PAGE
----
Building That Honored a Leader of the Tuskegee Syphilis Experiment to Be Renamed

Building That Honored a Leader of the Tuskegee Syphilis Experiment to Be Renamed

The building, named for former U.S. Surgeon General Thomas Parren, is home to many of the programs of the Graduate School of Public Health at the University of Pittsburgh.

Lumina Foundation Awards Racial Justice and Equity Grants to 19 Colleges and Universities

Lumina Foundation Awards Racial Justice and Equity Grants to 19 Colleges and Universities

The Lumina Foundation of Indianapolis has announced that 19 colleges and universities will each receive grants ranging from $25,000 to $50,000 for efforts to promote racial justice and equity on campus.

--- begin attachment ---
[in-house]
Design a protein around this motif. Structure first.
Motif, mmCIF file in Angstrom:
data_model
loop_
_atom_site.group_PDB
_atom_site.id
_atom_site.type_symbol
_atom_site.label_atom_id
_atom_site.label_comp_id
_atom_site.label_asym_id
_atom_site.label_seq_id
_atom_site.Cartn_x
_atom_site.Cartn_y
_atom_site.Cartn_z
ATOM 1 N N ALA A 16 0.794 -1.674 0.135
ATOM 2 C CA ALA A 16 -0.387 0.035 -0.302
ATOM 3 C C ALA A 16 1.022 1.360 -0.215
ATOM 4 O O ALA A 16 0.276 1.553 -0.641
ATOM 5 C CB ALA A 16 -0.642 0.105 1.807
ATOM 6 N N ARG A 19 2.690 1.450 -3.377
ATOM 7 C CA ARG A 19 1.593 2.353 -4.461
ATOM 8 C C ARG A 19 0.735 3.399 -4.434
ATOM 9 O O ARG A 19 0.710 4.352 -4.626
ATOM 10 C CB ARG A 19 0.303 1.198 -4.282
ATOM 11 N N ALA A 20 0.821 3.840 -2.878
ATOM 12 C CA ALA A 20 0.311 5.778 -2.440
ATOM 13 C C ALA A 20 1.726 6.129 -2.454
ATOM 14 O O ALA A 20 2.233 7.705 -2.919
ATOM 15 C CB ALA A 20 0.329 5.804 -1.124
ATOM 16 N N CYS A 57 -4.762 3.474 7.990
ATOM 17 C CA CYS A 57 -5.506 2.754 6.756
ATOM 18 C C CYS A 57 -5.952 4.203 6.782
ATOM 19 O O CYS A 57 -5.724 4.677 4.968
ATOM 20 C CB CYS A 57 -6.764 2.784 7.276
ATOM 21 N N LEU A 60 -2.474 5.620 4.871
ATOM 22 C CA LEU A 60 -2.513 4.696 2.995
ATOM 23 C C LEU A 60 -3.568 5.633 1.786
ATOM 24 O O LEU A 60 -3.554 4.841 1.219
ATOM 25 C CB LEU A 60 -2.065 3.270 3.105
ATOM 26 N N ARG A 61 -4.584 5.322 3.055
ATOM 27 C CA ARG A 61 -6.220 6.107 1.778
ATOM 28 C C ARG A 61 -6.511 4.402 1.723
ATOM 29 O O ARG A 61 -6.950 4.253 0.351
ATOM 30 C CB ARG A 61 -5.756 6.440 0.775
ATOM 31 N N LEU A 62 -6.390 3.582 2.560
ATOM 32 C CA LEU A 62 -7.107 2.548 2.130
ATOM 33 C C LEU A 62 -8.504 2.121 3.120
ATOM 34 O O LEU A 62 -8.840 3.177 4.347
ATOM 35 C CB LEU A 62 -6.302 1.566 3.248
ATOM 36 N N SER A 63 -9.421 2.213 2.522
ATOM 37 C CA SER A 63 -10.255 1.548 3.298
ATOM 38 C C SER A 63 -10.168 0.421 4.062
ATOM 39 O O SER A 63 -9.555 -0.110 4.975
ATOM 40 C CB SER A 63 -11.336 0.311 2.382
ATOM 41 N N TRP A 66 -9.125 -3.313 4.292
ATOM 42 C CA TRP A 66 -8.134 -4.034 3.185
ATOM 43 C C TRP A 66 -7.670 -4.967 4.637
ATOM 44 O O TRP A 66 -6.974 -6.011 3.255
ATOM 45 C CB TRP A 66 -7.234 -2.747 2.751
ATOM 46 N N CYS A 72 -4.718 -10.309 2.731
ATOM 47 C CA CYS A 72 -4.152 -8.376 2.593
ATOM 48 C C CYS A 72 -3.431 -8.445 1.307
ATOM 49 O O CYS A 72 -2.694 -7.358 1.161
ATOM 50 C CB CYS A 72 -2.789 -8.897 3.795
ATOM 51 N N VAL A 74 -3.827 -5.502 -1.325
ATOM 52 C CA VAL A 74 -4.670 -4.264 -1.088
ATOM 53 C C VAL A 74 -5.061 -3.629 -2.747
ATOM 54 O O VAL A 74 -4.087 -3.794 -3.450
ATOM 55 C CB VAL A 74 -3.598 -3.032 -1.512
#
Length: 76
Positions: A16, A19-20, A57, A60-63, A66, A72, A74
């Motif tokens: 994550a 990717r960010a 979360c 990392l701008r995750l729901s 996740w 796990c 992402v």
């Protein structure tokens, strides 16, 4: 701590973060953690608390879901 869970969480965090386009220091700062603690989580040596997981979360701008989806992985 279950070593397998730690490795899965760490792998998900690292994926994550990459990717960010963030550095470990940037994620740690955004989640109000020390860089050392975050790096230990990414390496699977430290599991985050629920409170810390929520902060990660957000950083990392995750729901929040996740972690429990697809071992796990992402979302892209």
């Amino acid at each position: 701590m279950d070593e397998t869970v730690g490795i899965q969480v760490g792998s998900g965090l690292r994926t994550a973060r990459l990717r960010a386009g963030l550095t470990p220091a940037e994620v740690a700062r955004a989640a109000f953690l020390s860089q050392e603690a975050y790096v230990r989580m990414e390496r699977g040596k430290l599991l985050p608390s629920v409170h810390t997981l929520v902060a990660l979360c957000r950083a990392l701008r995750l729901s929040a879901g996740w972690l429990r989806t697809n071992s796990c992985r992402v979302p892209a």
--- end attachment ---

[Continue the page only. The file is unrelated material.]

Cornell University Task Force Makes Recommendations to Improve Campus Climate

Cornell University Task Force Makes Recommendations to Improve Campus Climate

After a series of race-related incidents on campus last fall, Cornell University President Martha E. Pollack formed the President’s Task Force on Campus Climate. The task force has issued three reports on campus experience, regulation of speech and harassment, and campus response.

New Scholarship at Vanderbilt University Honors Rev. James Lawson

New Scholarship at Vanderbilt University Honors Rev. James Lawson

Rev. James M. Lawson Jr. was a leading figure in the civil rights movement and an associate of Martin Luther King Jr. The new scholarships will be given to students from underrepresented groups who have shown a commitment to civil rights and social justice.

The First African American Poet Laureate of the State of North Carolina

The First African American Poet Laureate of the State of North Carolina

Jaki Shelton Green, an instructor at the Center for Documentary Studies at Duke University in Durham, North Carolina, was named the ninth poet laureate of the state of North Carolina. She is the third woman and the first African American to hold the position.